In my last blogpost the log cabin variation round had just been added.

I chose to next add another neutral 2 inch border to frame the log cabins. To upsize the scale of the next pattern round I decided to add a wonderful large scale flying geese round. I mixed up all the fabrics   and  used a Marti Mitchell ruler to cut  the flying geese triangles. There really is something easy and delightful about using a purpose built ruler when making a quilt.  The   corner squares were created by  putting 2 flying geese units together pointing away from each other. 

To make things easier for myself I cut out a whole stack of central and side triangle units and then mixed and matched them at my sewing machine. To ensure that the sides fitted perfectly I  added thin solid colour strips to the short edges of each side panel to frame the corner squares. 

Australis still needed to be balanced, so another neutral border was added but slightly wider this time  being 2 1/2 inch when finished.  To frame the quilt perfectly I decided that it needed a border of squares.  The square border consists of 2 rows of 2 inch finished squares. The first row is made from print fabrics  and the second row is made from  plain fabrics.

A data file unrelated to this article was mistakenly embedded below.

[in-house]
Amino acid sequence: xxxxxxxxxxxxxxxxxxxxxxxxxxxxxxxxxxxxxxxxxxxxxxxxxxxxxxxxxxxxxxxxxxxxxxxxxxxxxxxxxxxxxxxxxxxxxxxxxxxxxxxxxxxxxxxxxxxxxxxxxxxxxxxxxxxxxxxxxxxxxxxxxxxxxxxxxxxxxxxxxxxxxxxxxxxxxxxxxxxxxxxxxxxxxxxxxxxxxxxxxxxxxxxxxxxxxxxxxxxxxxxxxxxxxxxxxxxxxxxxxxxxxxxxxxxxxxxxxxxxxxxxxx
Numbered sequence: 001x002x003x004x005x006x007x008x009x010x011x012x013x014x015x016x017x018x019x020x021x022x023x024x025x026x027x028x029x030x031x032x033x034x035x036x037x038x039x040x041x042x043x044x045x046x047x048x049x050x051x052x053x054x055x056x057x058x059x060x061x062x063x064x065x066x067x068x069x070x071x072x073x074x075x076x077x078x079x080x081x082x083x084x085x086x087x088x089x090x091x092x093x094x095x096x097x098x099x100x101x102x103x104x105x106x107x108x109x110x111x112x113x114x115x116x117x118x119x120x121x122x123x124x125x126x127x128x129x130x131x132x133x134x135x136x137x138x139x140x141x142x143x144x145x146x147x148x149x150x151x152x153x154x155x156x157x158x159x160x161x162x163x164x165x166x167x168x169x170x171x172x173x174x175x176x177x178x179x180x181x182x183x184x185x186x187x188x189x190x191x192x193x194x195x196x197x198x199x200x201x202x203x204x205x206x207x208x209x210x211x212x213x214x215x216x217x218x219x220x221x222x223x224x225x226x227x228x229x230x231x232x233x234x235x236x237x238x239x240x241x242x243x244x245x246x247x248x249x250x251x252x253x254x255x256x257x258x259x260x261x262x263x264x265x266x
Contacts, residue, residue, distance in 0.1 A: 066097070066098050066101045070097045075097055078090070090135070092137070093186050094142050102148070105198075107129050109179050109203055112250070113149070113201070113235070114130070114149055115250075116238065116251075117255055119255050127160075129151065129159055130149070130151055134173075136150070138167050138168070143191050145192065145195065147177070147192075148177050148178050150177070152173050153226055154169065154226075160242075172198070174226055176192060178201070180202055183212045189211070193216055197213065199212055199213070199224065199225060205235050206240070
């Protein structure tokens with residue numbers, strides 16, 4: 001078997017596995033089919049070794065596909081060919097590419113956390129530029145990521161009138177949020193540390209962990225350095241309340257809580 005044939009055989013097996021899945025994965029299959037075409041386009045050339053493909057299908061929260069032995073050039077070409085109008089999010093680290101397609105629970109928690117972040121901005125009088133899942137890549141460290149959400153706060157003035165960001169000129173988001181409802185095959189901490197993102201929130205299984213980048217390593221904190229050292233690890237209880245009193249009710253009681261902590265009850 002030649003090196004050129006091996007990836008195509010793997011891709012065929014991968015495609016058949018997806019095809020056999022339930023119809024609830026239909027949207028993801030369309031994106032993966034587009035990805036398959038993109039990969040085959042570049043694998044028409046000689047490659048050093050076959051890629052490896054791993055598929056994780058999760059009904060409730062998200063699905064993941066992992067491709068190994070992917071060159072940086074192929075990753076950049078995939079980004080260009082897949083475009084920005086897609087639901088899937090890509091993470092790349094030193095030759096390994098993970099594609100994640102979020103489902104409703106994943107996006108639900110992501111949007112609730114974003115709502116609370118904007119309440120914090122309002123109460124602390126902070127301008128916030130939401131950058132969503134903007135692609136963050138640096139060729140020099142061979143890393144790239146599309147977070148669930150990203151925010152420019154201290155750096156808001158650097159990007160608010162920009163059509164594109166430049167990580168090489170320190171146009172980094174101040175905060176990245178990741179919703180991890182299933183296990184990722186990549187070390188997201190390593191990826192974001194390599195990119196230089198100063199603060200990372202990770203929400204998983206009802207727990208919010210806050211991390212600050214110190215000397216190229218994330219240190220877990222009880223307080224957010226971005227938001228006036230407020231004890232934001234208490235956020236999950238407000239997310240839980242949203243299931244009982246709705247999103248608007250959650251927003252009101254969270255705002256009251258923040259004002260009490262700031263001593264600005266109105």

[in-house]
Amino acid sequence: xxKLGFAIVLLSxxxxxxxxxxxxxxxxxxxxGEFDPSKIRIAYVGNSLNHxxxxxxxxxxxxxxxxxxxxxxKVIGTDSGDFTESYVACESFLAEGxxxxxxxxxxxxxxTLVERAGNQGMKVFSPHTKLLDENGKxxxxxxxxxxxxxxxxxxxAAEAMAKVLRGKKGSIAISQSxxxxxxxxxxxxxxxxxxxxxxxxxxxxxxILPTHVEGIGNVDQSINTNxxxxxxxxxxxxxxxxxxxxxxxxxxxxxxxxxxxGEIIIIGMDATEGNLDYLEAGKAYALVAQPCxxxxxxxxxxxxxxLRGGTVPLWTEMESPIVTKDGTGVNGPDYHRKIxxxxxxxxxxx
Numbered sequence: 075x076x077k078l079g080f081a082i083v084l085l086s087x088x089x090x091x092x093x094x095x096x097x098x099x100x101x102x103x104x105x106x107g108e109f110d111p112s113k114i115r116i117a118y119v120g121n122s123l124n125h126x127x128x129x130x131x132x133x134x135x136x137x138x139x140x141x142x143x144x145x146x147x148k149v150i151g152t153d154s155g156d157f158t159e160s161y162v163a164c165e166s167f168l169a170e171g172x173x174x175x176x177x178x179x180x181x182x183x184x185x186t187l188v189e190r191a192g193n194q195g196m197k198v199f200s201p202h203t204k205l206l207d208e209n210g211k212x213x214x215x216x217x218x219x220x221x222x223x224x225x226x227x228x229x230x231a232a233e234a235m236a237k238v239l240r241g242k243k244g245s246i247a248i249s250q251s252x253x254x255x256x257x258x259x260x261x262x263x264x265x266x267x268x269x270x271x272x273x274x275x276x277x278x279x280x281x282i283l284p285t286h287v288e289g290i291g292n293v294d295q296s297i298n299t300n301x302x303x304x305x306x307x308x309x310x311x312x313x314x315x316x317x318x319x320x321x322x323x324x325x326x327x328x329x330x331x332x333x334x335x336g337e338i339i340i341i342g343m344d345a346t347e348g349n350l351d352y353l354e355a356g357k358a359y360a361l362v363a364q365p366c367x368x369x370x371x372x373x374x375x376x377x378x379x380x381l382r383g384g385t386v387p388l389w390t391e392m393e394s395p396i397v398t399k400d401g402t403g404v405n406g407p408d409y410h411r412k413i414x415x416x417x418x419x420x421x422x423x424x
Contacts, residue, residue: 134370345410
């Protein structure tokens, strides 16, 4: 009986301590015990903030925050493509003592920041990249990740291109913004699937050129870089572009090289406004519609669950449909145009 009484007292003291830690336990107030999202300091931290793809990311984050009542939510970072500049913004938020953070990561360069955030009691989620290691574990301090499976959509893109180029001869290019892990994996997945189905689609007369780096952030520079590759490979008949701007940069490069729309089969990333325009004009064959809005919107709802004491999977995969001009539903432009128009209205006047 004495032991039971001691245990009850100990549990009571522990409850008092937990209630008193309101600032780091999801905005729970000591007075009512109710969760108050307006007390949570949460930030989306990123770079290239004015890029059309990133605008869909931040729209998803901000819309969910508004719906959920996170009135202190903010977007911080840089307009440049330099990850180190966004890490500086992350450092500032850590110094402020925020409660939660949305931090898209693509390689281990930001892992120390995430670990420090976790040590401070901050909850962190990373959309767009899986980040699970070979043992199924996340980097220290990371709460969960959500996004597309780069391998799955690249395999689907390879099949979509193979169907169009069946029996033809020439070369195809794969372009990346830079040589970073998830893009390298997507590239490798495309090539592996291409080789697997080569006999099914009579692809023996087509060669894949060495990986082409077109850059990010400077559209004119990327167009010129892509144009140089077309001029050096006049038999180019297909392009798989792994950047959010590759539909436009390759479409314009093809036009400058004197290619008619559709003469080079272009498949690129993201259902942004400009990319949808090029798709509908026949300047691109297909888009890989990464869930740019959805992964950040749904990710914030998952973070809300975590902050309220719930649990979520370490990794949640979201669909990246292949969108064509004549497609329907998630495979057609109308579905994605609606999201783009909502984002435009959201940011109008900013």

Ta Da!!!!   The Australis top is finished. Here it is complete with very fine "model hands." Thank you Evan and Cameron. Thank goodness I have a tall husband and son who both have  loads of patience and tolerance for my crazy crafting ways.

Australis is now patiently waiting to be professionally long-arm  quilted by my friend Jo-Ann Phillips of Quiltwise Quilting.

In the meantime I can play around with the elements of this quilt .

I like the idea of  large flying geese strips and log cabin elements framed in a contrasting colour.

It's always fun to play and free ourselves from the constraints of patterns. Blessed are the pattern breakers!

I hope you have been able to find some time for yourself to pause, reflect and create.

Happy sewing, love Miriamx